My TEAM CBT group (with Lynne Spevack) meets tomorrow, and we will focus on Testing, yay! And on Monday I will be starting Taylor Chesney’s TEAM CBT group! Both groups meet 2x/month. If only there were a group that met every day:-)
Meanwhile, I hope you’ve received my check by now for the EASY Diagnostic System which I cannot wait to get my hands on and need it desperately!!! When might I expect to receive the email with this valuable info?
I am enjoying your Feeling Good Podcasts, as well as your Feeling Good Blog and newsletter. I am more than fairly certain, were it not for your inventory (the Brief Mood Survey), I would have missed this potentially life-saving intervention. I’d even done a brand new Intake the week before. Although we do not have the power 100% to prevent a person from committing suicide, if we do not detect it we don’t have a fighting chance. I at least have the peace of mind now that with this knowledge, I can do everything in my power to insure this patient gets all the help he needs and hopefully the right help.
Thank you for being you and your contributions for making such a meaningful difference in the world for our patients and us therapists!
PS I also really appreciated your podcast on anti-depressants, which I LOVED and wasn’t surprised. I’m sure that took tremendous courage, along with your well-intact integrity to speak your truth. I wish more Psychiatrists were like minded. Until there is such a paradigm shift, which I think is coming, such decisions will have to be decided between the patient and their doc largely comprised of big Pharma mentality. who’ve drunk the cool aid, sadly.
Thank you for your enlightening email. I greatly enjoyed reading it, and kudos to you for saving your patient’s life.
You asked about the scoring of the two-item Suicidal Urges scale. I intentionally don’t have a strict numerical scoring key, as I want the therapist to attend to it thoughtfully. There are some guidelines in the massive update to the Therapist’s Toolkit. You probably have it already, but email me if you need it.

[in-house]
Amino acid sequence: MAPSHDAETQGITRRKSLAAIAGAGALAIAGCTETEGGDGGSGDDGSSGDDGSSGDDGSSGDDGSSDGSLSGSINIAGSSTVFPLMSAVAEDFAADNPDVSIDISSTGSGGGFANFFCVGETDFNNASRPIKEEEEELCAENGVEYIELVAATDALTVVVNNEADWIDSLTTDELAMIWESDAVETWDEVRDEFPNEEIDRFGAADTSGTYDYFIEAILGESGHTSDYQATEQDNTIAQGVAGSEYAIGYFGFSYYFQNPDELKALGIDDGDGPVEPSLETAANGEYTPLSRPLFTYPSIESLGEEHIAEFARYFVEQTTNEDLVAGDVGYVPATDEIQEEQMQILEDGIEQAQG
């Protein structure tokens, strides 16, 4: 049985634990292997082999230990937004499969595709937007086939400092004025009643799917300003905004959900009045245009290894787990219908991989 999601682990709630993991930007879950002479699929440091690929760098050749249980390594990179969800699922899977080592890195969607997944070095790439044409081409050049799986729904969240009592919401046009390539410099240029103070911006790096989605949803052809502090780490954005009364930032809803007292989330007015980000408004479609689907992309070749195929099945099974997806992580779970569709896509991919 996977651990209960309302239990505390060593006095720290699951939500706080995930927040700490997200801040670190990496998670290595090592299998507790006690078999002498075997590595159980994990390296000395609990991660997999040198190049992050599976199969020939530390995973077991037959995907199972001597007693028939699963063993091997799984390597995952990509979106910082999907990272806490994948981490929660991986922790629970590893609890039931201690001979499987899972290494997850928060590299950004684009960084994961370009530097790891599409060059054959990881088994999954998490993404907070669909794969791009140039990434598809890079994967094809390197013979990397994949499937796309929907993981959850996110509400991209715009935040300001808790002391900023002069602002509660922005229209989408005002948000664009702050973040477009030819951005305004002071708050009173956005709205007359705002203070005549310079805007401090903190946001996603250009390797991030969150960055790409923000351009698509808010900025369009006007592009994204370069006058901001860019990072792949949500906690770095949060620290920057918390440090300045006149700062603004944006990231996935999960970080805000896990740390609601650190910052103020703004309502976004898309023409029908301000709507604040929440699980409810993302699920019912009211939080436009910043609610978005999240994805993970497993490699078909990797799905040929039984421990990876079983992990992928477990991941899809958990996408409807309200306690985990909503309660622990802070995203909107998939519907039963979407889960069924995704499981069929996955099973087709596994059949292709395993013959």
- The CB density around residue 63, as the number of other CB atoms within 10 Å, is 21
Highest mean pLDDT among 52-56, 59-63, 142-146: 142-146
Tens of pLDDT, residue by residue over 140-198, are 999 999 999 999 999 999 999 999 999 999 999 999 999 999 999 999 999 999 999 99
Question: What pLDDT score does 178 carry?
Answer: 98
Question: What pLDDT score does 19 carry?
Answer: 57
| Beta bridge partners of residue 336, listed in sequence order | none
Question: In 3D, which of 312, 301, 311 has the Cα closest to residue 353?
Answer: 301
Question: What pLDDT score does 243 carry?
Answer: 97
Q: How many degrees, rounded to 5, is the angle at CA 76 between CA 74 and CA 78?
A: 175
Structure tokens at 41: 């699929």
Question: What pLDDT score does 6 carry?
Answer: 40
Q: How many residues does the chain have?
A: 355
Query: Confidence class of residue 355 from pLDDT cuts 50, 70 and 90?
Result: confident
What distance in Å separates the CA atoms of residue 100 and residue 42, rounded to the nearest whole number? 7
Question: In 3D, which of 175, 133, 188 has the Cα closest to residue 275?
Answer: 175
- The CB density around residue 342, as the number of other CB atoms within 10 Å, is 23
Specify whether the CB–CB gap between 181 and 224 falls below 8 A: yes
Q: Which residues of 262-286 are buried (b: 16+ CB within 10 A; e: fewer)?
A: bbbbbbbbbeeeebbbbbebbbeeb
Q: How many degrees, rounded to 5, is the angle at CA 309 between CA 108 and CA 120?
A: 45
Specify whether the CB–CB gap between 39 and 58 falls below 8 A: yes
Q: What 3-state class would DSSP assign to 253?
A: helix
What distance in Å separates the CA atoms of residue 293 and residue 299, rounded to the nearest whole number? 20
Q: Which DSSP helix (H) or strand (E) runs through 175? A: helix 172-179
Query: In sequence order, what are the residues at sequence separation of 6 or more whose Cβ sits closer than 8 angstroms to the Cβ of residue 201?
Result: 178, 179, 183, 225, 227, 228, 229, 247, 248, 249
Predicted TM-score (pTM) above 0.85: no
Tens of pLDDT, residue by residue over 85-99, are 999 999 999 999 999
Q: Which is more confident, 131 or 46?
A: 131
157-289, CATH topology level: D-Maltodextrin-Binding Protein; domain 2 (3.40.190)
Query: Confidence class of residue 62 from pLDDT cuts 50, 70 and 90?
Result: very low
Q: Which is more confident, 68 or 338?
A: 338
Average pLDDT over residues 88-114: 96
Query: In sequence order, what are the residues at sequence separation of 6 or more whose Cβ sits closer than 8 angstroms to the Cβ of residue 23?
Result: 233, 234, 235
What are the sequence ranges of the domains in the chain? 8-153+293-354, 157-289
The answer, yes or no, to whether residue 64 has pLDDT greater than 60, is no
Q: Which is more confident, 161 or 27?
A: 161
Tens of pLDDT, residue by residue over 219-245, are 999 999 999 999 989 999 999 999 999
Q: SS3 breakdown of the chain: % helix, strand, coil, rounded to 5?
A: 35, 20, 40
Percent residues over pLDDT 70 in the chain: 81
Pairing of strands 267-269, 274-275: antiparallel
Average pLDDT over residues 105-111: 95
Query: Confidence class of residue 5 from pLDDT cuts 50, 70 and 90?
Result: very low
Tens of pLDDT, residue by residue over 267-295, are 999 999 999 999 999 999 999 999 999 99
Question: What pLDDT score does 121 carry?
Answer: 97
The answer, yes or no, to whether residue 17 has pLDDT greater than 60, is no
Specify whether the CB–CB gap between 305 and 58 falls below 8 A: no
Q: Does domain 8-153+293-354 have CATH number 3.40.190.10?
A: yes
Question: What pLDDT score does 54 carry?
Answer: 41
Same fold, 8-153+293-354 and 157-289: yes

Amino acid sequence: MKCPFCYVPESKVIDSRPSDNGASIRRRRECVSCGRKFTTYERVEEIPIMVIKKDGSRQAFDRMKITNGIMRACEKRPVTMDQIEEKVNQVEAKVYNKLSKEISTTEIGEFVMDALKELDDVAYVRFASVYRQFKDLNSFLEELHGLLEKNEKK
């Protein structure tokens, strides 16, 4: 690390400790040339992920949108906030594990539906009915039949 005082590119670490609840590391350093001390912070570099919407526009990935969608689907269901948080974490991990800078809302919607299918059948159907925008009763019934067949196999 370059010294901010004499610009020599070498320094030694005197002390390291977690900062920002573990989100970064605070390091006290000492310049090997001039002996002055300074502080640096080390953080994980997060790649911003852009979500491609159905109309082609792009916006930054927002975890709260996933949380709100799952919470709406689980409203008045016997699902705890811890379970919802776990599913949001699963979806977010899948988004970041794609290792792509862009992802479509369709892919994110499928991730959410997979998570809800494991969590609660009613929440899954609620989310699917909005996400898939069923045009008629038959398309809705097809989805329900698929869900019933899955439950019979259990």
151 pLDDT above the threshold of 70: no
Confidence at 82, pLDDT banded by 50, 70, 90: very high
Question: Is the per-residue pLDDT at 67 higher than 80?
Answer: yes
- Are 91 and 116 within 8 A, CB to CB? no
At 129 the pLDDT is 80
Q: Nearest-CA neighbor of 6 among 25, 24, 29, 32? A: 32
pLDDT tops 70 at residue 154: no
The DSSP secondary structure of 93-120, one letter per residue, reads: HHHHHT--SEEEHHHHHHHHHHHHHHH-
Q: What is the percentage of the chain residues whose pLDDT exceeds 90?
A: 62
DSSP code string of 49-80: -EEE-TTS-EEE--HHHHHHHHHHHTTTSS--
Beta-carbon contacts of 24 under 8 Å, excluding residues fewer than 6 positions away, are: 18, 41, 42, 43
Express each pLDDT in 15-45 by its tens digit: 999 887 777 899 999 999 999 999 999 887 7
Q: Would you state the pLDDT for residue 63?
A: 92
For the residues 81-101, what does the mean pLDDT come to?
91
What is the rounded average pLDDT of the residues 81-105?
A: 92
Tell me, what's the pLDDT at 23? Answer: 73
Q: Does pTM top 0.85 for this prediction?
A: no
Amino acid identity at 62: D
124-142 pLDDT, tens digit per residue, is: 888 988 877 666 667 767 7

The first of the two screening items asks about suicidal thoughts and fantasies. Most depressed individuals will have these thoughts, such as the idea that they might be better off dead, but this is not generally alarming if there are no suicidal urges. Of course, you will always want to back up the survey with some questions to make sure.
The second of the two screening items asks about suicidal urges or plans. Any endorsement of this item is more worrisome, and usually merits a suicide assessment interview, just as you did. In general, you will only have to do this once with any particular patient, and it should ideally be done at the beginning of therapy, at the initial evaluation.
A third thing is to note changes in how the patient answers these two items, since any increase in the scores can indicate the development of increased suicidal urges. And as you say, we cannot 100% prevent suicide attempts in our patients, but the Brief Mood Survey will give you vastly improved information, since you will have the patient’s scores at the start and end of every therapy session.
One additional point, most versions of the Brief Mood Survey ask how the patient is feeling right now, just prior to the start of the session, and once again right after the end of the session. This is so the therapist can find out how effective, or ineffective, the session was. Such information is incredibly valuable! However, you can also ask if the scores reflect how the patient was feeling during the week, between the sessions. This is important, because the patient may have had times when he or she was feeling more suicidal, and this might merit a more intensive interview to assess the risk.
When you receive you EASY Diagnostic System from me (I assume you’ve already don this), you’ll find a structured screening interview for suicidal patients at the end of the diagnostic manual. This can be very helpful. There’s also a chapter in my psychotherapy eBook (Tools, Not Schools, of Therapy) on “The Prediction and Prevention of Suicide and Violence” that can be helpful as well. I have also included that chapter in the upgrade to the Therapist’s Toolkit.
Finally, please give Lynne Spevack my regards. She is a terrific teacher and therapist! I enjoyed catching up with her at the Newark workshop and encouraged her to meet more frequently with her training group. I agree that twice a month is not really enough. Keep in mind we now have three TEAM-CBT training centers in New York (for links, check out my referral page), plus numerous weekly online training groups that therapists around the world can join.
All the best,